History remembers August 16, 2003 as Cristiano Ronaldo's debut for Manchester United in a 4-0 win against Bolton Wanderers.
But the match was also the first Red Devils appearance for another player who Sir Alex Ferguson predicted to become a star: Eric Djemba-Djemba.
Having come into the first team together, the tough-tackling Cameroon midfielder and Ronaldo became close friends, and even shared trips to Nando's .
But their journey together at Old Trafford only lasted 18 months when United decided to cut short their investment in Djemba-Djemba and send him on a path that would end in the fifth division of Switzerland.
Their career trajectories couldn't have been more different since debuting for United together, with Ronaldo going on to win five Champions League trophies, six league titles across three clubs and lifting the European Championship with Portugal.
While Ronaldo is seen as a great of the sport, Djemba-Djemba's name is usually mentioned with amusement about his failure at United.
However, the gulf in stature doesn't necessarily translate to a difference in happiness, as Djemba-Djemba's journey attests.
Ferguson had signed Djemba-Djemba in a £3.5 million ($4.53m) deal from Ligue 1 club Nantes in the hope of him becoming the eventual successor for captain Roy Keane.
The legendary United manager was convinced he had acquired a player who would dominate at the Theatre of Dreams for many seasons to come.
"Eric is a young player we've watched throughout the season, and he's impressed us each time with his understanding of the game," Ferguson said at the unveiling of the then-22-year-old .
"He's quick, aggressive and a good passer of the ball, and is the kind of athletic footballer we are looking for.
"In the last few months he has shown his development playing in a very good Cameroon team, and he looks like a Manchester United player in every sense."
But, after only 13 starts in 35 appearances, it was clear Djemba-Djemba wasn't cut out for Manchester United and was sold to Aston Villa before Keane had even finished his playing career.
The player himself admitted he struggled with the pressures of being at Old Trafford, having to compete with the likes of Keane, Paul Scholes and Darren Fletcher for a spot in the team.
“It was difficult," Djemba-Djemba told The Sun in an interview last year. "I was 22, I came from France and I went straight into a team that was one of the biggest in the world.
"There was a lot of pressure, and Roy Keane was a man. Everybody listened to him. At the beginning it was good, I played matches because Keane was injured.
"But when he came back, it was hard for me. Sometimes I played with him, sometimes with Paul Scholes or with Darren Fletcher."
The situation didn't get any easier for Djemba-Djemba after his Villa Park move as he battled to get in the first team ahead of Gavin McCann and Steven Davis before being loaned to then-Championship club Burnley.
And it wasn't just on-field pressures that were overwhelming. Djemba-Djemba was reportedly declared bankrupt shortly before his Aston Villa contract was terminated, amid rumours he had 10 4x4 cars and 30 bank accounts .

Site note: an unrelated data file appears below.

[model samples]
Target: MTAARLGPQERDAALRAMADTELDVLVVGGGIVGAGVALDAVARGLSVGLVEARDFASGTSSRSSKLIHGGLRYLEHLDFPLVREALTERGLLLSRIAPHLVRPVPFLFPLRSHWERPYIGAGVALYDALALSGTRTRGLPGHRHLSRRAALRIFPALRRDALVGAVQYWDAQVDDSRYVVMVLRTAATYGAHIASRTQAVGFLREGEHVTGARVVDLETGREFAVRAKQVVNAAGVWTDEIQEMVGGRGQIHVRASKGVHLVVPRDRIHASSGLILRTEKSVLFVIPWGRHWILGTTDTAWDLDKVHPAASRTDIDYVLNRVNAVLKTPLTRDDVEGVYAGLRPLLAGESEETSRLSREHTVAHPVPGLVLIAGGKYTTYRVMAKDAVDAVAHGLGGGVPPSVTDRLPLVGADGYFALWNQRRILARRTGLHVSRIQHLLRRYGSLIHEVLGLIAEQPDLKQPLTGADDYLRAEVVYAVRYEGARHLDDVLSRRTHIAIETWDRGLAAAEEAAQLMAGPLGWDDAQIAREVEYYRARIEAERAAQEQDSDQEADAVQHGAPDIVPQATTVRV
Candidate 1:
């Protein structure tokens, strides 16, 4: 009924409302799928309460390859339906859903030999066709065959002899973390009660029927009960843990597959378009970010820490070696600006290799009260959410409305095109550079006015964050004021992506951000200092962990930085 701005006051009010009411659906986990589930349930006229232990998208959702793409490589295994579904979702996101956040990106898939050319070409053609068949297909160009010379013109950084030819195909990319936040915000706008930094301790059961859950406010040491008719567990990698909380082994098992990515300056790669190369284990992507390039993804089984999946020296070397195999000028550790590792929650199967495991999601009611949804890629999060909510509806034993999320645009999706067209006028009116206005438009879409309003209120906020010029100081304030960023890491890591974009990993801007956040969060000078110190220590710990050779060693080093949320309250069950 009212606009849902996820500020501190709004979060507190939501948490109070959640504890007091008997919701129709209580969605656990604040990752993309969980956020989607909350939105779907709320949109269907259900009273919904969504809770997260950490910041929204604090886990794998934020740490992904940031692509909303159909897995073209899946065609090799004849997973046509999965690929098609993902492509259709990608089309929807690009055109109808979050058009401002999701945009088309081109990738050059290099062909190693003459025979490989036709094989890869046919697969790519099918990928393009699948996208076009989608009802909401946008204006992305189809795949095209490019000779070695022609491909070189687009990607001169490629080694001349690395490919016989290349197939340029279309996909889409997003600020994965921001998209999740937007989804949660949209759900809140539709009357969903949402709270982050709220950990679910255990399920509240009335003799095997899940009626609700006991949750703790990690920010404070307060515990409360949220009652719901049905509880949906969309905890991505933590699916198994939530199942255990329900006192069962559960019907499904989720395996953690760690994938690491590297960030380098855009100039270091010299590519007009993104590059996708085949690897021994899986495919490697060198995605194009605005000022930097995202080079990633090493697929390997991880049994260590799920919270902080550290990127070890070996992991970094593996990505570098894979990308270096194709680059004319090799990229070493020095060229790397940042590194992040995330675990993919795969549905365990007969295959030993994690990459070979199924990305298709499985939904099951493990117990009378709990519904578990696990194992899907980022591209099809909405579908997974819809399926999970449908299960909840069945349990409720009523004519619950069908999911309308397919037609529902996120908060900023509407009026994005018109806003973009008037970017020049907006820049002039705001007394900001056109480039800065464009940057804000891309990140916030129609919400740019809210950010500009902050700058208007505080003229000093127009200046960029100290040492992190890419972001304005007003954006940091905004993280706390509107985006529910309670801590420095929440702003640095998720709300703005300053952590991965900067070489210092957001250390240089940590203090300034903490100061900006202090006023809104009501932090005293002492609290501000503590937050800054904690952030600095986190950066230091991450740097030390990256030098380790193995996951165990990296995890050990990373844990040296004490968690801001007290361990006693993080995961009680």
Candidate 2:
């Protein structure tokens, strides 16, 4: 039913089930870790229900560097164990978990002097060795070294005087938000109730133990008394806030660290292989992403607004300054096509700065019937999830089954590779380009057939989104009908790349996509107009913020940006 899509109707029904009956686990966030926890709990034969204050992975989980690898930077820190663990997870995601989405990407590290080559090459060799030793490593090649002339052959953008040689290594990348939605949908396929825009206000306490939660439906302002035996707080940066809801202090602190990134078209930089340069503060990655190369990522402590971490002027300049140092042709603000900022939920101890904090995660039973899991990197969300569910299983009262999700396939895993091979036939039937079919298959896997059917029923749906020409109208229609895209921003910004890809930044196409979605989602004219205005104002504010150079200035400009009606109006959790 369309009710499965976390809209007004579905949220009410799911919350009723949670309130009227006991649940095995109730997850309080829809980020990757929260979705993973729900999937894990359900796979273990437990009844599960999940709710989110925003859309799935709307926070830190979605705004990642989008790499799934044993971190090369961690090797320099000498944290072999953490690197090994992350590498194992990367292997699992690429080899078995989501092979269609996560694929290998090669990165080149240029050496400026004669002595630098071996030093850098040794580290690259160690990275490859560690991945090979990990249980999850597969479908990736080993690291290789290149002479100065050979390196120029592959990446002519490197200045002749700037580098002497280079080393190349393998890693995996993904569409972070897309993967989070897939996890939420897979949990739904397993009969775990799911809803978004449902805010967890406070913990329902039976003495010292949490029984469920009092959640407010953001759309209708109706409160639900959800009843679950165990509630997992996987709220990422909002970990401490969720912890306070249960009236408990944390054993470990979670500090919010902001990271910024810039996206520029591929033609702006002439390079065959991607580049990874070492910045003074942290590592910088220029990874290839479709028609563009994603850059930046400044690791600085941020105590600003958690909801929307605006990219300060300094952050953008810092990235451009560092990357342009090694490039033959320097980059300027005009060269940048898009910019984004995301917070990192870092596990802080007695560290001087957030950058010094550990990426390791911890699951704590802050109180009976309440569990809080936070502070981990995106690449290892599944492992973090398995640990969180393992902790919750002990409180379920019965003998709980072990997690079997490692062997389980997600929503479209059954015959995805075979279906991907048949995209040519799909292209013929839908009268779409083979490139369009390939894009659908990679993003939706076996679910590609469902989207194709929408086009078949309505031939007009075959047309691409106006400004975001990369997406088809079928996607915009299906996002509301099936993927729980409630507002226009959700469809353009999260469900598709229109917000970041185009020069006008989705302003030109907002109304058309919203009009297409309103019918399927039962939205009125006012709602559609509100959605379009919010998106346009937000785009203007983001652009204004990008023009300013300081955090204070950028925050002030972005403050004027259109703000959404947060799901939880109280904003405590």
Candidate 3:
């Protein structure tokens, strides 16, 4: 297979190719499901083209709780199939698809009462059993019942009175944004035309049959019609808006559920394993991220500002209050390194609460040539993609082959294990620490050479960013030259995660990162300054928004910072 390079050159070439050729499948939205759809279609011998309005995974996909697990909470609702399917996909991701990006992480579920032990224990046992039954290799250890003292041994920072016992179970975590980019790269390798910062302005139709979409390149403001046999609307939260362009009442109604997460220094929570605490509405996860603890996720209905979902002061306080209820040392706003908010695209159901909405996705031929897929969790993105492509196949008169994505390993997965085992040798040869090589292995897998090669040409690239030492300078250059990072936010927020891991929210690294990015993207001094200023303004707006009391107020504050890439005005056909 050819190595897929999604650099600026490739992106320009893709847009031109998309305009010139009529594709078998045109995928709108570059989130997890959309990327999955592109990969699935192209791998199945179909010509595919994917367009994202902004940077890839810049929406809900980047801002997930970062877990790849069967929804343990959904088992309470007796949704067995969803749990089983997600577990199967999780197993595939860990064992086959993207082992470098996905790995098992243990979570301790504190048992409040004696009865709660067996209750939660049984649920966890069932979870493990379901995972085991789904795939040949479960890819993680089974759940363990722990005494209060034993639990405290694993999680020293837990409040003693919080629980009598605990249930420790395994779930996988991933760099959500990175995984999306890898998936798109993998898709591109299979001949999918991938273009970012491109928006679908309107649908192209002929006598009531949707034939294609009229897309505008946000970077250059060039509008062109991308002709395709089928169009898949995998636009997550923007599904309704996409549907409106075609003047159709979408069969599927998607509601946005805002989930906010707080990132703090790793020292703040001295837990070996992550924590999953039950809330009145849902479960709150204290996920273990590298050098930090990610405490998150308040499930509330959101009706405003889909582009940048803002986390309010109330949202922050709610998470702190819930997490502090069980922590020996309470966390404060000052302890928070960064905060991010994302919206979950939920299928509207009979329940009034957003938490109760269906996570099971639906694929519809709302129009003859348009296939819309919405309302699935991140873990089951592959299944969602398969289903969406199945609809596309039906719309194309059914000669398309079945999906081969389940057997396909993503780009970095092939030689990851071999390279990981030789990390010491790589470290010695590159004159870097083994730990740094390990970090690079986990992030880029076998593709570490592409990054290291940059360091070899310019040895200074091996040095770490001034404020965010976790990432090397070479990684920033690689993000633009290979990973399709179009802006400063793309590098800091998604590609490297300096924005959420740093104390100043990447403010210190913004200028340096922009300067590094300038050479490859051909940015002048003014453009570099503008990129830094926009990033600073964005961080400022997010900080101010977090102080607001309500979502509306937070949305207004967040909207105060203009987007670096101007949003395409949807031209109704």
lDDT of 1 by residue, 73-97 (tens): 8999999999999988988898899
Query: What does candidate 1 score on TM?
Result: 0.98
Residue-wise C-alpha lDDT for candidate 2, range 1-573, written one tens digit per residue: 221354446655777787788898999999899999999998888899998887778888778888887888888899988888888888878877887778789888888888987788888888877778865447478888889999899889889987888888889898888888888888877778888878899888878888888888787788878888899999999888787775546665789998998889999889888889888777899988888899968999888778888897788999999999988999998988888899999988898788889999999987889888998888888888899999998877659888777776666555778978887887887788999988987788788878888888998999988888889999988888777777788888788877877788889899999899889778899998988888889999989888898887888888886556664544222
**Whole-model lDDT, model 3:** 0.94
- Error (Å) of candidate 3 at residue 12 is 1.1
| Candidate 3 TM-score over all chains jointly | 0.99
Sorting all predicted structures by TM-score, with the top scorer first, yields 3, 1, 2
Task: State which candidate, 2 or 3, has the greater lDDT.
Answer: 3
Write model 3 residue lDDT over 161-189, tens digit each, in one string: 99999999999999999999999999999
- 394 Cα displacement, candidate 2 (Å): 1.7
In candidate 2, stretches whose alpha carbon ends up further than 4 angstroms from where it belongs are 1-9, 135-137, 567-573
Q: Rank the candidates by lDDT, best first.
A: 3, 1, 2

Djemba-Djemba denied the speculation about his finances but revealed his struggles in dealing with the extravagant lifestyle of a professional football star.
"It was difficult handling the money. Now I am a grown up, I have learned," he said in 2018.
"I was too trusting. I trust in God and he opened my eyes. Maybe he wanted that to happen to me so tomorrow I might be better. I didn’t lose everything but I lost a lot.
“It was said I had 30 bank accounts as well. Come on, no one has 30 bank accounts. When I read stuff like that it upset me."
Following his departure from Villa Park, Djemba-Djemba embarked on a nomadic career journey which took him to places such as Qatar, Denmark, Israel, Serbia, Scotland, India and Indonesia.
But it wasn't until he was considering retirement at the age of 35 that a surprising phone call from a friend would allow Djemba-Djemba to finally find a home at Swiss amateur side FC Vallorbe-Ballaigues - who regularly have crowds of less than 100 people.
"[I joined] because of my friend Jacques Etonde, who I grew up with in Cameroon...it was a boyhood dream for the both of us to play together in Europe after we'd grown up together in Africa," Djemba-Djemba said.
"I just love playing and, when I finish training, I'm happy to carry the balls or the water bottles."
After years of travelling to all corners of the globe, the Swiss move allowed Djemba-Djemba to be closer to his family in Nantes - with the journey only being a couple of hours on the train.
"I went everywhere in the world, but in the meantime my kids were growing up fast in Nantes and it was difficult for me. I could only really see them about two times a year.
"It was a sacrifice [to come here]. I'm happy I'm in Switzerland because I wanted to be close to my kids."
Get to know some more players that have fallen from lofty heights to rock bottom:
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Now, at the age of 38, it's evident Djemba-Djemba has found a level of peace in his career that never came when he was at his footballing prime.
And who is to say that his current contentment isn't the same as his former team-mate and now millionaire superstar Cristiano Ronaldo?